What do Petroleum Engineers do?

Petroleum Engineers are employed by oil or gas companies to design, test and implement efficient methods to extract petroleum products from the earth and sea floor. They spend most of their time making estimations because they can never see what is actually going on thousands of meters below the ground. 

 

They work closely with other professionals, such as geologists, to locate the dig site, design and build the machines that extract as much oil and gas as possible, and oversee the removal and processing of the petroleum itself. All this, while working to keep costs low.

To help with the company’s decision making, a Petroleum Engineer may research and present the findings to a company’s management. Petroleum Engineers need to determine whether the cost to remove the ‘crude materials’ from the ground is low enough compared to the money earned from selling the refined products.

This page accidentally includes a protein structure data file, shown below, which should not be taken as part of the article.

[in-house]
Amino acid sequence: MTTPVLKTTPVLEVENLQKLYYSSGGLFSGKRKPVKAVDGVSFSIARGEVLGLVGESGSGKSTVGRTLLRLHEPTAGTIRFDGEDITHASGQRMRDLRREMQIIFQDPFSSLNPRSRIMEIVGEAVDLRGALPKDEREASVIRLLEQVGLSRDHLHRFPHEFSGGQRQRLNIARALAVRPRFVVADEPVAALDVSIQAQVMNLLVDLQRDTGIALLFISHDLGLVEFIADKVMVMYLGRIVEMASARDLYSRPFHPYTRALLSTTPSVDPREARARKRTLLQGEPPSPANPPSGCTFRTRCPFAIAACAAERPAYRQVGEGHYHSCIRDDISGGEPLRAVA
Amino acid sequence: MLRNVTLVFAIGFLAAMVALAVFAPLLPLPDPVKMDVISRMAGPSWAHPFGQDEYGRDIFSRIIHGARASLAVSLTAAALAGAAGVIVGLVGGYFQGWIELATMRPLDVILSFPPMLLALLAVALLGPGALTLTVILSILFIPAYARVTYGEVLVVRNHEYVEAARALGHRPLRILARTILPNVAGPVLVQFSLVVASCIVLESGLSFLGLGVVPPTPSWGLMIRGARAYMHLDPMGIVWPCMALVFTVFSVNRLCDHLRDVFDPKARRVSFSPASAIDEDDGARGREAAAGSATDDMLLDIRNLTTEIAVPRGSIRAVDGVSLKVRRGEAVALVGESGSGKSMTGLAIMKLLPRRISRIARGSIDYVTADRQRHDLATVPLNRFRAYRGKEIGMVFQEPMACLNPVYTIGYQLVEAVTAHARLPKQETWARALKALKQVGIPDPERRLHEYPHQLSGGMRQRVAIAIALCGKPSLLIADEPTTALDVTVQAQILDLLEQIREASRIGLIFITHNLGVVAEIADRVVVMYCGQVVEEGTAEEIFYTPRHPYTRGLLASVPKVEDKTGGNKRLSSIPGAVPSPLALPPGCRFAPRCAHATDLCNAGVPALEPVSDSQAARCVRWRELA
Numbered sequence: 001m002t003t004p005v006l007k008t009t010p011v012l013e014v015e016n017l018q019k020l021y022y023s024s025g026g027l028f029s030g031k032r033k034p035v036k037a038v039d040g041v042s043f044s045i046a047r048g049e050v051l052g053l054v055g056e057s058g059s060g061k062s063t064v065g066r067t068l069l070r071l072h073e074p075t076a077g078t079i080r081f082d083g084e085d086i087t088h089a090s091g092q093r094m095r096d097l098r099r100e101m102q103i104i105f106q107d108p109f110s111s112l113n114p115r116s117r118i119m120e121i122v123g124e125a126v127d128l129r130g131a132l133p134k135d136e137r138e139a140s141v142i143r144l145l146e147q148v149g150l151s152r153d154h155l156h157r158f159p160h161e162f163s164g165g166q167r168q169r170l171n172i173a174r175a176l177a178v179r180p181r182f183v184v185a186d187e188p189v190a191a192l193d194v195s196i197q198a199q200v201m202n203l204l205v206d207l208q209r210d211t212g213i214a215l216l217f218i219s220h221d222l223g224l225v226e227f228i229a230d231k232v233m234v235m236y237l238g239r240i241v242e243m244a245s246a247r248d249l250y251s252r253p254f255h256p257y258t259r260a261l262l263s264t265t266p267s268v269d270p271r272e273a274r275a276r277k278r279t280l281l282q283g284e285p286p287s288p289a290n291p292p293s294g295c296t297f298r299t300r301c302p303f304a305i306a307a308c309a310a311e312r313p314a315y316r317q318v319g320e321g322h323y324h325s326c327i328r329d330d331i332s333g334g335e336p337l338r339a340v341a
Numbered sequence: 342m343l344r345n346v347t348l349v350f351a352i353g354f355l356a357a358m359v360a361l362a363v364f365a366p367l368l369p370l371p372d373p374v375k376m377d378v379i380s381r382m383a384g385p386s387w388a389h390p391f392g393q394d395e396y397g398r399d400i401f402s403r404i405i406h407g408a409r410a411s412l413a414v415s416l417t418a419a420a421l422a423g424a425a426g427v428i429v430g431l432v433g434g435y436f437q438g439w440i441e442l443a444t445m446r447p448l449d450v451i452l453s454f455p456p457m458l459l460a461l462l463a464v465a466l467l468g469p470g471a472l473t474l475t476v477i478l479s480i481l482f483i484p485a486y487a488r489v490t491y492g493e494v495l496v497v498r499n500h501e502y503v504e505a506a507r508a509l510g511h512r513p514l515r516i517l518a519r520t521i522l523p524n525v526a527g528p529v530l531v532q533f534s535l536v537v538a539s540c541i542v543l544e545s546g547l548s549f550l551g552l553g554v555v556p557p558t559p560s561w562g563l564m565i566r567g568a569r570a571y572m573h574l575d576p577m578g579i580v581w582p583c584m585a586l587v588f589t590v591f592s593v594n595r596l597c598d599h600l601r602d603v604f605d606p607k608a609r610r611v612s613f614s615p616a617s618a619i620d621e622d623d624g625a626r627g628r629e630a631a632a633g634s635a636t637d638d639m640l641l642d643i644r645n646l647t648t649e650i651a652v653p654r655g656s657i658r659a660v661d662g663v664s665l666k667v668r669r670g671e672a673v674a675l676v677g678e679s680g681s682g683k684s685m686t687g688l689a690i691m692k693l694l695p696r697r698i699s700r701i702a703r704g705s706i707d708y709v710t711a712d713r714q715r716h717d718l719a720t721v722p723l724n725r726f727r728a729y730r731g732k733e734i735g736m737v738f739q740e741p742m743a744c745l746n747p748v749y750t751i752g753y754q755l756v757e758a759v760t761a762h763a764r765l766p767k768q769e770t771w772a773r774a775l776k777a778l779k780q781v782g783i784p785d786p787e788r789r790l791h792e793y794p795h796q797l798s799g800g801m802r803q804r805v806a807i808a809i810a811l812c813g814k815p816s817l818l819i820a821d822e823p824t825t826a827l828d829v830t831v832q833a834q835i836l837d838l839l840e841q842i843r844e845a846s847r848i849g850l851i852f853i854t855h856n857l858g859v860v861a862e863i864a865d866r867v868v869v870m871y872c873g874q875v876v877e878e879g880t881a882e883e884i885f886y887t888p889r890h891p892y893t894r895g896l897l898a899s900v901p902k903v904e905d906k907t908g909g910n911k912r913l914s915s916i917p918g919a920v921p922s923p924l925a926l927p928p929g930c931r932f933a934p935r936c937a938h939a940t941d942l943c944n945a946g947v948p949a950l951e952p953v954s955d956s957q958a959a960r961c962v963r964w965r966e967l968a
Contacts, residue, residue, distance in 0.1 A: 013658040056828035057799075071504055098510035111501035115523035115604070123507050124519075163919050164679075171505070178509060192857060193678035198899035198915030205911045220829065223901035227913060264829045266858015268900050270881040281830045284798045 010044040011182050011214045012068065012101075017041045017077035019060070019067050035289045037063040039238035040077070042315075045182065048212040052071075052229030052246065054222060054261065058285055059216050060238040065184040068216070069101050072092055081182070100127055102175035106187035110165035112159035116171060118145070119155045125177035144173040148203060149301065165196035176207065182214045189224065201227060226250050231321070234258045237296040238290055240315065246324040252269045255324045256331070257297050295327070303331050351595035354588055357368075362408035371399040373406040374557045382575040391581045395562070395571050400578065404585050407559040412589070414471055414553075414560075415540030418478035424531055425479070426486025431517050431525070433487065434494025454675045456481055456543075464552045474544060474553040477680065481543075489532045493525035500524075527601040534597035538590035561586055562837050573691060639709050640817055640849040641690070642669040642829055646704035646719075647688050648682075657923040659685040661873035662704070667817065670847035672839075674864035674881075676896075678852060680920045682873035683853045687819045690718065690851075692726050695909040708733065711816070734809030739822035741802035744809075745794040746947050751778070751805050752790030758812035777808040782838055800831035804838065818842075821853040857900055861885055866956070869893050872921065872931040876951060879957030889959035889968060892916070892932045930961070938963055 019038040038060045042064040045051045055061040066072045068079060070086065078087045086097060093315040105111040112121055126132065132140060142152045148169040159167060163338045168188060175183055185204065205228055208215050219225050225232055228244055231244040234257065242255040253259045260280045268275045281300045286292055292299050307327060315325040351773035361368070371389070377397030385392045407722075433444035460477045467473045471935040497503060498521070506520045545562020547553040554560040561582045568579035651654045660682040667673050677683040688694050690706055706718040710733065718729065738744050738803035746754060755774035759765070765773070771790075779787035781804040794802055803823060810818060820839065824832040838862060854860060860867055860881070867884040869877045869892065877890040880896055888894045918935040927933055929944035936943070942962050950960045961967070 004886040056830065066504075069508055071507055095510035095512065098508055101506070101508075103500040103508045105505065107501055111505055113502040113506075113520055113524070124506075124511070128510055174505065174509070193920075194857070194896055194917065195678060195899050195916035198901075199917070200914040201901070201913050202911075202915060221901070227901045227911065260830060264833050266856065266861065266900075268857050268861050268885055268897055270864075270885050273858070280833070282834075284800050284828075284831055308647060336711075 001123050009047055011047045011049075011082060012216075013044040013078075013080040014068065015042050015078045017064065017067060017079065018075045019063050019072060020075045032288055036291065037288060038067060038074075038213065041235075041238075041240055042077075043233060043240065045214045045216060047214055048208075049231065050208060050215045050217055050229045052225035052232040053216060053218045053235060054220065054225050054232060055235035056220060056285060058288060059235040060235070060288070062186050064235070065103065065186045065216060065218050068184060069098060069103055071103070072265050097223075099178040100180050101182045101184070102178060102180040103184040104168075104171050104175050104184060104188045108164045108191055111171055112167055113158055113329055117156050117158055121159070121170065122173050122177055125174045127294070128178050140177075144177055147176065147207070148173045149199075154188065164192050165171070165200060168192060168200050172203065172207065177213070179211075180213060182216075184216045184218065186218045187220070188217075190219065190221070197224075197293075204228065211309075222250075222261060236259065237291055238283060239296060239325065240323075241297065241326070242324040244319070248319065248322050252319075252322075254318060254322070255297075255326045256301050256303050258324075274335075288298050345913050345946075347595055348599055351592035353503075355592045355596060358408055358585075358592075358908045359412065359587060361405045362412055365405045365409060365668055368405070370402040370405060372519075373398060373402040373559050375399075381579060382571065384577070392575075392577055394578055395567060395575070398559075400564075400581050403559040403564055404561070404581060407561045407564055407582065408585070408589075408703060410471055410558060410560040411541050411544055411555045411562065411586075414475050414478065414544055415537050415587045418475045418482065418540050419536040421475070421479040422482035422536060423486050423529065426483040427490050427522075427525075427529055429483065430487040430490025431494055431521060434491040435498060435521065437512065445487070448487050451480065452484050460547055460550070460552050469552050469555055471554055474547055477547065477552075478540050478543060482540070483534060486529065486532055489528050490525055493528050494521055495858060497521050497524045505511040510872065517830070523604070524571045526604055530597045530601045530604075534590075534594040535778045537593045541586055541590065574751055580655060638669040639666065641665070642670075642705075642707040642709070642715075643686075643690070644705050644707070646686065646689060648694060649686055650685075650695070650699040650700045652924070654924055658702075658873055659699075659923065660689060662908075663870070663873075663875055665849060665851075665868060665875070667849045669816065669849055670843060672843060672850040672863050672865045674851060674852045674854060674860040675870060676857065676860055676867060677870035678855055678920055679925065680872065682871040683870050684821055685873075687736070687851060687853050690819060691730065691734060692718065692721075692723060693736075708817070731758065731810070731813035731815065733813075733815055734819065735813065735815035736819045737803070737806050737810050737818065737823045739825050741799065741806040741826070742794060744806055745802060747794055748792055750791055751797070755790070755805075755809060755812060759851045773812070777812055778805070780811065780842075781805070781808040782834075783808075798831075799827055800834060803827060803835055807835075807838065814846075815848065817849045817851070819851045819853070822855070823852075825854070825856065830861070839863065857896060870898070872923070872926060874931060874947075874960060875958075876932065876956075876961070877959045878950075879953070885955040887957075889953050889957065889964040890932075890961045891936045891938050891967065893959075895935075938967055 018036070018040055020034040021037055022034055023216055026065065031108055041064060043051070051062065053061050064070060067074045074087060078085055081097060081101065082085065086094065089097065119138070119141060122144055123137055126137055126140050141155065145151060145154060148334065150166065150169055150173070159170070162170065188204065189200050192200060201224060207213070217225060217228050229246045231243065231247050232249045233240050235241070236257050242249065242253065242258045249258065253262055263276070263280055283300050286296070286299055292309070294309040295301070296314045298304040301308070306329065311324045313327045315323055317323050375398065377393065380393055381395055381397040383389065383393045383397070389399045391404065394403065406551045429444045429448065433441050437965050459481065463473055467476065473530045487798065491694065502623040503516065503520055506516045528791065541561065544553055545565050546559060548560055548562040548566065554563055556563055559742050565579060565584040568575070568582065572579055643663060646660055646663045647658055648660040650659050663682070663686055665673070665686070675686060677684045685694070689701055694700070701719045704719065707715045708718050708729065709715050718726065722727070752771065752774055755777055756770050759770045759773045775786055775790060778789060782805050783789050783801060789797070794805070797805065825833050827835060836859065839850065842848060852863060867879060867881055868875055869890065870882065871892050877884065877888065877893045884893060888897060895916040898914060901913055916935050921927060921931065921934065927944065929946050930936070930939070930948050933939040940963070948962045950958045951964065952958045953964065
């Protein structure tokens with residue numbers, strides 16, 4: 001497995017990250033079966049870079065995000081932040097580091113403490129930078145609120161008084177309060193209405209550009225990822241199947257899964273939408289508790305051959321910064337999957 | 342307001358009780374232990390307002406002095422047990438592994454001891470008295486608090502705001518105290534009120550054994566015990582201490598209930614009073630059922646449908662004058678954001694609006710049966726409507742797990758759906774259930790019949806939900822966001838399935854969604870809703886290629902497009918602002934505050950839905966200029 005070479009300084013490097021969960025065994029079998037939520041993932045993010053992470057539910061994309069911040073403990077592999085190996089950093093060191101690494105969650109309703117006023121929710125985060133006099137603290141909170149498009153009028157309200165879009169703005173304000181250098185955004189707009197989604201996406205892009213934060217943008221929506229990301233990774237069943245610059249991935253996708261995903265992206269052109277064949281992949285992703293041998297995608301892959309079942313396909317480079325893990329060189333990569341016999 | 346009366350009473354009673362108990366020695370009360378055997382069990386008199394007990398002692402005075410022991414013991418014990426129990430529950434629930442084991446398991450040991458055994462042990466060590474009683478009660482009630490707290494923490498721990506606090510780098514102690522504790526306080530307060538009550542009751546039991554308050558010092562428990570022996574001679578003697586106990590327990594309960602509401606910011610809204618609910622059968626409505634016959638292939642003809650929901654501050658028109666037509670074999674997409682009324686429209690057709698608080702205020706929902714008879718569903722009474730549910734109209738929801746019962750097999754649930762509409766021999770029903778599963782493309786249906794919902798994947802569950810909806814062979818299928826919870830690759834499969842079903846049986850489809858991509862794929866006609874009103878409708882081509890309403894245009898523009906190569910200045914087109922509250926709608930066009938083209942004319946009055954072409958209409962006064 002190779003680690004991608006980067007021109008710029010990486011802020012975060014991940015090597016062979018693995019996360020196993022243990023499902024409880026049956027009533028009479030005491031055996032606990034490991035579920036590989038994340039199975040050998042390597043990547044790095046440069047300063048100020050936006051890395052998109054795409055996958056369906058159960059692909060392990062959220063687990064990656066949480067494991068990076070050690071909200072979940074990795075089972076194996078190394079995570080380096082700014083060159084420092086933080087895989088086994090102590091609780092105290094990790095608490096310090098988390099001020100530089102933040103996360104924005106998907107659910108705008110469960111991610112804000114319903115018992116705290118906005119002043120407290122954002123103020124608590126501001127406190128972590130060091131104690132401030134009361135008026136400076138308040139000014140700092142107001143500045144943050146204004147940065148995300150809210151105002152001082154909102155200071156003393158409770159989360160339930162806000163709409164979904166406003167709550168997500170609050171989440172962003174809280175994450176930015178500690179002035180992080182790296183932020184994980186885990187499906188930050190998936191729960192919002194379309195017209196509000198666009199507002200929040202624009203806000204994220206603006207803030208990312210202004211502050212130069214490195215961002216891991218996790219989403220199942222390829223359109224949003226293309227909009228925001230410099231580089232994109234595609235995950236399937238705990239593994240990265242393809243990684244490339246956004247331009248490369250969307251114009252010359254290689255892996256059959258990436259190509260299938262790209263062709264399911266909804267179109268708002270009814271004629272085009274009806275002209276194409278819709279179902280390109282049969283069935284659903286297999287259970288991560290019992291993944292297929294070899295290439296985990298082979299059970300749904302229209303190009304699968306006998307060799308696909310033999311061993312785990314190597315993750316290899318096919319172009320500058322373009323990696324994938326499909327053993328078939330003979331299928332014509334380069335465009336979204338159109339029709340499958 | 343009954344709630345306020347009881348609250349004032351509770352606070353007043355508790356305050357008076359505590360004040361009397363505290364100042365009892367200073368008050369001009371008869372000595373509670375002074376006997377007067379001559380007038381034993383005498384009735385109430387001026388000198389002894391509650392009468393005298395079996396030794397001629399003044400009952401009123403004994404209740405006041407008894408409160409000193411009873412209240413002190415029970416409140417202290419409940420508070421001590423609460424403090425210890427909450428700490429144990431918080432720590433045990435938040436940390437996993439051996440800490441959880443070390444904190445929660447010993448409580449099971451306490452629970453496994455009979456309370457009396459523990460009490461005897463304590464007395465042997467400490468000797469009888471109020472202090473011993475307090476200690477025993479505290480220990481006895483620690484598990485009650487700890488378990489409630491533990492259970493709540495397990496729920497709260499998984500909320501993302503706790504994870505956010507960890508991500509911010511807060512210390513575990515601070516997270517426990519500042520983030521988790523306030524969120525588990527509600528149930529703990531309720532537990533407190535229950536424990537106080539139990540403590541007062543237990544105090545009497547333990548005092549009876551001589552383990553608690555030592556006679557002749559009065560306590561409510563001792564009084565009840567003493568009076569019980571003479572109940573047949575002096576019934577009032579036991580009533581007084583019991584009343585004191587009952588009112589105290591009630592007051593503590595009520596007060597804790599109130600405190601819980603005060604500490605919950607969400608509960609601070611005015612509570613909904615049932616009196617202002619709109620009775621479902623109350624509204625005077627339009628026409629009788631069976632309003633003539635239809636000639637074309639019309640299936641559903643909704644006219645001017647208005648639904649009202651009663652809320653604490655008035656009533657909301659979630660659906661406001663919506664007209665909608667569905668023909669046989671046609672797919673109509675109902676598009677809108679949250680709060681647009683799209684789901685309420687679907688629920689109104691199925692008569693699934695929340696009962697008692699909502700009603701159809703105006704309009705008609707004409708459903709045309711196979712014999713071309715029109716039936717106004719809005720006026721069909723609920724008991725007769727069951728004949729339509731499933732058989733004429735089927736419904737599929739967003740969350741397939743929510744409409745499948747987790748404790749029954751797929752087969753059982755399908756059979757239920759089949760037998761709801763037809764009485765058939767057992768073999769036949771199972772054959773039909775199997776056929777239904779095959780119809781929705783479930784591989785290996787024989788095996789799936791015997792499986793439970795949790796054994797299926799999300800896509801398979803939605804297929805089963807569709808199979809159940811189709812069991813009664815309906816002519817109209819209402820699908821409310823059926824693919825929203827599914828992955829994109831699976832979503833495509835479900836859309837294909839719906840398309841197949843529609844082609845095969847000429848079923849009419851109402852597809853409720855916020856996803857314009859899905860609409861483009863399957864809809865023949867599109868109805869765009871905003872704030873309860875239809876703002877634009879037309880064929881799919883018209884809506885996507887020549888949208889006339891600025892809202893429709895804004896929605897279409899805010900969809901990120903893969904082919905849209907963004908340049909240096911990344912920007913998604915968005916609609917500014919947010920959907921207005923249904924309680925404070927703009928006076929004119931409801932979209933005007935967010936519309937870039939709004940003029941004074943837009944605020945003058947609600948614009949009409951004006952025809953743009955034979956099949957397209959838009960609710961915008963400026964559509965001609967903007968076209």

Petroleum Engineers are highly sought after because the world has such a high need for hydrocarbons as a fuel source. Many petroleum engineers work for some of the biggest companies in the world and, in most cases, are the best paid compared to other engineering disciplines.

What Petroleum Engineers do:

  • study geological and geophysical information to determine the most efficient drilling method and equipment to use
  • develop tools, machines, and equipment used to extract petroleum products
  • operate software used to control and run the machines
  • oversee teams employed on a job site
  • manage a job site's overall production
  • supervise the safe removal of drilling equipment once the site is exhausted